Cervical Cancer Treatment Options

Treatment of cervical cancer depends on the extent of the cancer, the size and shape of the tumor, the age and general health of the woman, and her desire to have children in the future.

Most cervical cancers are treated by either surgery, radiation, or a combination of both therapies.


The most common surgical procedure for early cervical cancer is radical hysterectomy - the removal of the uterus, tissues surrounding the cervix and the lymph nodes. Some women will require radiation with or without chemotherapy following a radical hysterectomy. The decision to remove the fallopian tubes and ovaries (bilateral salpingo-oophorectomy) is individualized.

Since cervical cancer is often diagnosed in young women, surgical advances have been made allowing these women to preserve fertility at an important time – their reproductive years. One of these surgical advances is a radical trachelectomy, when the cervix and surrounding tissues are removed, but the uterus remains, allowing a woman to carry a pregnancy. This is an option for some early-stage cervical cancer.

Many patients with early cervical cancer are candidates for minimally invasive surgery, either through standard laparoscopy or robotically. Hoag’s Gynecologic Robotic Surgery Program offers a team of experienced physicians who are specialty-trained in using the da Vinci robot for hysterectomy – the most advanced minimally invasive approach to hysterectomy available today.

There are substantial benefits to the patient for choosing minimally invasive robotic surgery, including:

  • Less post-operative pain and scarring
  • Decreased blood loss and lower risk of blood transfusion
  • Lower risk of infection
  • Shorter hospital stay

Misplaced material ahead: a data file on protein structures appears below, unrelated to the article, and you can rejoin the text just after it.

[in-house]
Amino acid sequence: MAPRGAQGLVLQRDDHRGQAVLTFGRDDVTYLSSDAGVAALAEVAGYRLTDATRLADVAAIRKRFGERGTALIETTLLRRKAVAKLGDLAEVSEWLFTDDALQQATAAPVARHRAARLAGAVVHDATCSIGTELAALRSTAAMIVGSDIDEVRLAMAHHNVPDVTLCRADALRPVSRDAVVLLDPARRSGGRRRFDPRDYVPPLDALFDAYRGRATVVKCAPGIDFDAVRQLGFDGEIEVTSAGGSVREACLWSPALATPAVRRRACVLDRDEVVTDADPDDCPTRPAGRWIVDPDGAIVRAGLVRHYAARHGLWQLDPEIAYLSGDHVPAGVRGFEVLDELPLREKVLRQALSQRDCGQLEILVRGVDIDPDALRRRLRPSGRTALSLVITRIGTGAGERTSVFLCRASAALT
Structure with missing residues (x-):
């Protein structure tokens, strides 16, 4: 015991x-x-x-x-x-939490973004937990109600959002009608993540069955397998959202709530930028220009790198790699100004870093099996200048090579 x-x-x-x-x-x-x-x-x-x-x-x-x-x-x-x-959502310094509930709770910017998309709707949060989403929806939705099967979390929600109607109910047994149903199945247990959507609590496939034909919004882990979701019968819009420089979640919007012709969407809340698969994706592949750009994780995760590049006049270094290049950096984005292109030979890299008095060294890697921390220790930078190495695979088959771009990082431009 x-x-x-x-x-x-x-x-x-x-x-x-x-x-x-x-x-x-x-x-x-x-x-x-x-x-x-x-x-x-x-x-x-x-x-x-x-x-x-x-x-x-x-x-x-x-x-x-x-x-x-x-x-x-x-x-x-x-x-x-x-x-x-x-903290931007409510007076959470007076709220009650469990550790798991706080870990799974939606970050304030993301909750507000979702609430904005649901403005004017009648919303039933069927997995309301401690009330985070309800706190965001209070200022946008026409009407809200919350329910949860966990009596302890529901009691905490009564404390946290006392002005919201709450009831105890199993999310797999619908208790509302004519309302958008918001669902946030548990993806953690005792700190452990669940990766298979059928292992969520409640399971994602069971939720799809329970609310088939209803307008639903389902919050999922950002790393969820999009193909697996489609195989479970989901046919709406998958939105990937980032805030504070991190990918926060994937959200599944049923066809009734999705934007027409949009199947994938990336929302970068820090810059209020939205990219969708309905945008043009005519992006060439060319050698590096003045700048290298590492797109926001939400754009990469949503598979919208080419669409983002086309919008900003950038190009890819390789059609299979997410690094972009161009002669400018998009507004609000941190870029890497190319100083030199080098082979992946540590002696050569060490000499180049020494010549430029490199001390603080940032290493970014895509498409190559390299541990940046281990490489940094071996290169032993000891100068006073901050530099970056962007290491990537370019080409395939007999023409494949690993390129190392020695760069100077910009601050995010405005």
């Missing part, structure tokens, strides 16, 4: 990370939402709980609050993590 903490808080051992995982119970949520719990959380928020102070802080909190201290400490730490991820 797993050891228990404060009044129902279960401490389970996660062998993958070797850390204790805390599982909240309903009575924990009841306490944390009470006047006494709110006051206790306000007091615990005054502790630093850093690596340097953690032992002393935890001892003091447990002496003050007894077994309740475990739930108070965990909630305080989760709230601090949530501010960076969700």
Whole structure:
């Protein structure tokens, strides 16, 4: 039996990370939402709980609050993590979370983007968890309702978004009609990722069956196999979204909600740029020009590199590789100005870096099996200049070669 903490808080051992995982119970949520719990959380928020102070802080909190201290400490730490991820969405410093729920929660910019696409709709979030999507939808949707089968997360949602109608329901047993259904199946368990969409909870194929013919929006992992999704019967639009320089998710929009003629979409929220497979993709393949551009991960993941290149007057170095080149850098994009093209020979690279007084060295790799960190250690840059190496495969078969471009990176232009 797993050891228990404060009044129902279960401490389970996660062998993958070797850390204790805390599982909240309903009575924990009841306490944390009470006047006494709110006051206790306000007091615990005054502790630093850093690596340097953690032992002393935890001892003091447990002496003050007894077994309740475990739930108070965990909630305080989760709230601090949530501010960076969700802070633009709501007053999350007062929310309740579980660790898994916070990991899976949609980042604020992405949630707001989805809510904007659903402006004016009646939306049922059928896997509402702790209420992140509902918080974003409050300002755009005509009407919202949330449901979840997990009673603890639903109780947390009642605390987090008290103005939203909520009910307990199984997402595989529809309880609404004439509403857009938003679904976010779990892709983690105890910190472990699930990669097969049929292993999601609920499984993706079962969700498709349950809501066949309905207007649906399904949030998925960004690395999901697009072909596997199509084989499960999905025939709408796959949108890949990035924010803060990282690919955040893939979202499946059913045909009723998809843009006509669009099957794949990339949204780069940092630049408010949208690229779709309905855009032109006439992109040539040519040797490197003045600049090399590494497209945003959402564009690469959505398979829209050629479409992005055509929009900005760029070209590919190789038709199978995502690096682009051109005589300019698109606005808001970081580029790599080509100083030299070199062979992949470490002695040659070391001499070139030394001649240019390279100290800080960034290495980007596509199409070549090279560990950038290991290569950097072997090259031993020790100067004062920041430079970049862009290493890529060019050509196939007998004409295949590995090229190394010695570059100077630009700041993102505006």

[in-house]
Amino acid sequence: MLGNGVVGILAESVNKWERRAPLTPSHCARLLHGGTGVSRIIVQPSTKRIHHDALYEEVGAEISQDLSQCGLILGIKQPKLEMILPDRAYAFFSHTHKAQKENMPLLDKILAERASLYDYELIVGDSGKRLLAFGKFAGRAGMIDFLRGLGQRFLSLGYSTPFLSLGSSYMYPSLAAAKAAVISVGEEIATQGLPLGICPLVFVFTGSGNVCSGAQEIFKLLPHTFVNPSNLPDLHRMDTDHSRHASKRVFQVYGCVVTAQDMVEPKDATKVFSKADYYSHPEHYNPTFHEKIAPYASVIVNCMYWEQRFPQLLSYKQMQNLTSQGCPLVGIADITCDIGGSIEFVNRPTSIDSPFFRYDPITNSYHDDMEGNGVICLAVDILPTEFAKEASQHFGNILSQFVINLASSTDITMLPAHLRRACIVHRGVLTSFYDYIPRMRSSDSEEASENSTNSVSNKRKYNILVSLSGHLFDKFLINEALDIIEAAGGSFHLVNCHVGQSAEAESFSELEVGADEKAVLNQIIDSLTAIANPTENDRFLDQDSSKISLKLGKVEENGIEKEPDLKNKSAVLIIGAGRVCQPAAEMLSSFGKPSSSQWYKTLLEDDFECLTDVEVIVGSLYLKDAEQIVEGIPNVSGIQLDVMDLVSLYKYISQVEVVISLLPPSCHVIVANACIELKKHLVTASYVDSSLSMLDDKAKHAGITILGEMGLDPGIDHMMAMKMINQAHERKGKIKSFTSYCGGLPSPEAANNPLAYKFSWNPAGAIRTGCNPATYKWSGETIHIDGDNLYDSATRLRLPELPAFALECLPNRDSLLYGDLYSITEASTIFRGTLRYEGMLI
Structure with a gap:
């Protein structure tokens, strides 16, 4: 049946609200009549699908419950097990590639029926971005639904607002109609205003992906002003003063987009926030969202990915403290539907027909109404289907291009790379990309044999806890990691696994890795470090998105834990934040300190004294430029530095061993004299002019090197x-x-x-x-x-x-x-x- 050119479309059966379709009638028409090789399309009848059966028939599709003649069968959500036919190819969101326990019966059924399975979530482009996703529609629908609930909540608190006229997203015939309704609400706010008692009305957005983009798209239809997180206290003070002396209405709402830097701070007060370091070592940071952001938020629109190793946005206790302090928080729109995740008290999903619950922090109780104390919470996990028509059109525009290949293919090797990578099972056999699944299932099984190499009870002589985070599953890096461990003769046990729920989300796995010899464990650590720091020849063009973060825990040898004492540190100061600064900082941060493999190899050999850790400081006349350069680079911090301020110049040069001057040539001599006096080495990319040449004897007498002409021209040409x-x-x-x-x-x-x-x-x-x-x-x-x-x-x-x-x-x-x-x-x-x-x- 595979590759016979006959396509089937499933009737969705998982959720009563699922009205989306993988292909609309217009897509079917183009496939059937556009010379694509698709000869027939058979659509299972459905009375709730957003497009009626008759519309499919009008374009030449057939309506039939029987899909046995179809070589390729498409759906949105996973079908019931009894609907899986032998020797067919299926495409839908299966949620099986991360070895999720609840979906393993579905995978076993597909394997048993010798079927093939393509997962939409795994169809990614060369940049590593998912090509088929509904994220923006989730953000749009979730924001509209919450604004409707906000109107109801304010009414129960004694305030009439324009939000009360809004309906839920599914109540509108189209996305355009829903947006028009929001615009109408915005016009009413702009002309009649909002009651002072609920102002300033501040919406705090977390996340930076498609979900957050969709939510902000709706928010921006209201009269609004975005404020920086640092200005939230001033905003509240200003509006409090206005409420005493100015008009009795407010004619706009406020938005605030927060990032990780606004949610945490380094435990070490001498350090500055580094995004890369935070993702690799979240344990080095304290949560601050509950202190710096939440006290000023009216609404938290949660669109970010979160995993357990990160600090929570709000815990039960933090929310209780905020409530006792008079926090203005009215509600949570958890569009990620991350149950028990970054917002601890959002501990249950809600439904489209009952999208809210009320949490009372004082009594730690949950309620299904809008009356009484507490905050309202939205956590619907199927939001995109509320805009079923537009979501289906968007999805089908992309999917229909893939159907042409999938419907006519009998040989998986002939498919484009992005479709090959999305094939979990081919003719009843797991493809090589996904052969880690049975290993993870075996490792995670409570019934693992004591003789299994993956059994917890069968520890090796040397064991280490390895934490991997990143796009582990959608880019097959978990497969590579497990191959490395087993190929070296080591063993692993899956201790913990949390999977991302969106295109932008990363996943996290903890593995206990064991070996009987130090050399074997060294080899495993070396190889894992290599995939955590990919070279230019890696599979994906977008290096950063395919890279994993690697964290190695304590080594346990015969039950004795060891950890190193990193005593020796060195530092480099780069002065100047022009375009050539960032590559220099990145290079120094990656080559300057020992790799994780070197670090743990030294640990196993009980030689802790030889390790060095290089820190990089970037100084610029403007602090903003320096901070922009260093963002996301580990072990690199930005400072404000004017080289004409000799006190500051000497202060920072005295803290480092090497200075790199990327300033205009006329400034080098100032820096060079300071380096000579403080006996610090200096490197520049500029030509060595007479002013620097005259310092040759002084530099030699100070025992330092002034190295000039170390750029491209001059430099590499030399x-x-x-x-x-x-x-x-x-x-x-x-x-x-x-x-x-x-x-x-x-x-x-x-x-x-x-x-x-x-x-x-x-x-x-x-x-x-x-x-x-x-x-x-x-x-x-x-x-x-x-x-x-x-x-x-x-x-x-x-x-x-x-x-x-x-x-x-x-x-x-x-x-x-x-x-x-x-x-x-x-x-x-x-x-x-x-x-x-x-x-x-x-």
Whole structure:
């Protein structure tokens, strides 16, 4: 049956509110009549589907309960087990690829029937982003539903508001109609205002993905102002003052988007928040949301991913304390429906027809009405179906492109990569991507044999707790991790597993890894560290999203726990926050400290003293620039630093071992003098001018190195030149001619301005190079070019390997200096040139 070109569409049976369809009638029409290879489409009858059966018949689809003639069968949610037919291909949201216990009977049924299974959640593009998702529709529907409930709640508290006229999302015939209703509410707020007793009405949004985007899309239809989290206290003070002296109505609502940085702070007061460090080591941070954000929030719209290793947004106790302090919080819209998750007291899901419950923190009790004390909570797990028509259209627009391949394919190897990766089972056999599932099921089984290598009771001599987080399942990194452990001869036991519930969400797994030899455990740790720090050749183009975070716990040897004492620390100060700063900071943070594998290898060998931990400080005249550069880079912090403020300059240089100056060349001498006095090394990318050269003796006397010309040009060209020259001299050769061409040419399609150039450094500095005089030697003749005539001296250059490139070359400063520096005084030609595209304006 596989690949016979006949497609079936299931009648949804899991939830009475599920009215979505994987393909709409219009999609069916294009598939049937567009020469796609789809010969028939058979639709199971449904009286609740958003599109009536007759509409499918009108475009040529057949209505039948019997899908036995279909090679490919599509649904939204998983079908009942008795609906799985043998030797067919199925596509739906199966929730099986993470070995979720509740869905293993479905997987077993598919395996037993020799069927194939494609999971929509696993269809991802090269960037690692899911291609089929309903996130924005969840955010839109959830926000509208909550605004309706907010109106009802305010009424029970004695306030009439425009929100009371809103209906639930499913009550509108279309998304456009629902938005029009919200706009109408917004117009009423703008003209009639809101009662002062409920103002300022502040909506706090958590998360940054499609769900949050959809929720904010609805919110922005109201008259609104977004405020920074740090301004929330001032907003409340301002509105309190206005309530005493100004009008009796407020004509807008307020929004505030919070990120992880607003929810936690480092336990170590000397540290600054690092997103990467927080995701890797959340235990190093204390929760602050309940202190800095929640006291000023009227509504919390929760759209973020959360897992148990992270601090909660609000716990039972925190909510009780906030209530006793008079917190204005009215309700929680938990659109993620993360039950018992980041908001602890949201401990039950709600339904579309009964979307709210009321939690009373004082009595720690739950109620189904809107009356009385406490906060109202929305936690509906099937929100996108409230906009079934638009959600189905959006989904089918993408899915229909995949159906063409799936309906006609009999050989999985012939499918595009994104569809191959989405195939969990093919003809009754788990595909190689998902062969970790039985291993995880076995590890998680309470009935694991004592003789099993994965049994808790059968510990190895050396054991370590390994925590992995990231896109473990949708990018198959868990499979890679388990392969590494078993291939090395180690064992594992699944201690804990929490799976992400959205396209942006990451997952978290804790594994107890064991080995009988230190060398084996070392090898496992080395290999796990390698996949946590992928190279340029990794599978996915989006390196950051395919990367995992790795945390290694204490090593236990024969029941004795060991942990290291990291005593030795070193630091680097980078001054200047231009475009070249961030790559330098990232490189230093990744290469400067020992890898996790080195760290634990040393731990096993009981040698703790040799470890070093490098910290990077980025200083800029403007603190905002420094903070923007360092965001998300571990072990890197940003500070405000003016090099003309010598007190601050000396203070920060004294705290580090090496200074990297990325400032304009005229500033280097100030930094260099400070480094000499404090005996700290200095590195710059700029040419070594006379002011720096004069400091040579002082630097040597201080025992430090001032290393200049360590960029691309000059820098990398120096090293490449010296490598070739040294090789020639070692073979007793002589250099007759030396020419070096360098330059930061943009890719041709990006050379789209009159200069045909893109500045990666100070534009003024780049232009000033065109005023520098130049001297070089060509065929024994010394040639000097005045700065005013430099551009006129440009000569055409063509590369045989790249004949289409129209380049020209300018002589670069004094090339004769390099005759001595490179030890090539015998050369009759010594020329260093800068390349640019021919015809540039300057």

• Faster return to normal activities

For women with advanced-stage cervical cancer, treatment combining radiation therapy and chemotherapy remains the standard of care.

Radiation Therapy

Radiation therapy, or radiotherapy, uses high-energy X-rays or other types of radiation to stop cancer cells from growing or kill them entirely.

If radiation is necessary, it is generally used following surgery to kill any remaining cancer cells. There are two types of radiation therapy used to treat endometrial cancer:

External radiation therapy: Uses a machine that directs the radiation towards an exact area of the body.

Internal radiation therapy (or brachytherapy): In this situation, only the lining of the vagina is treated with radiation.

Hoag Radiation Oncology

Hoag Family Cancer Institute offers a state-of-the-art facility for radiation therapy, equipped with the latest in radiation technology, handled by an expert team of radiation oncologists, medical physicists, medical dosimetrists, radiation oncology nurses and radiation therapists. Hoag’s Radiation Oncology department is the highest volume provider in Orange County, treating over 100 patients per day.

Learn more about Hoag Radiation Oncology.


Chemotherapy for endometrial cancer involves the use of drugs to kill cancer cells. It is usually given intravenously, through the veins, and treatment may be administered either at the doctor’s office or in an outpatient center.

Chemotherapy can be an effective treatment for endometrial cancer that has spread outside the uterus because it travels through the bloodstream, reaching all parts of the body. However, the same drugs that kill cancer cells can also damage healthy cells. Chemotherapy is generally given in cycles, with periods of treatment alternating with periods of rest.

Download the Gynecologic Cancer Care PDF.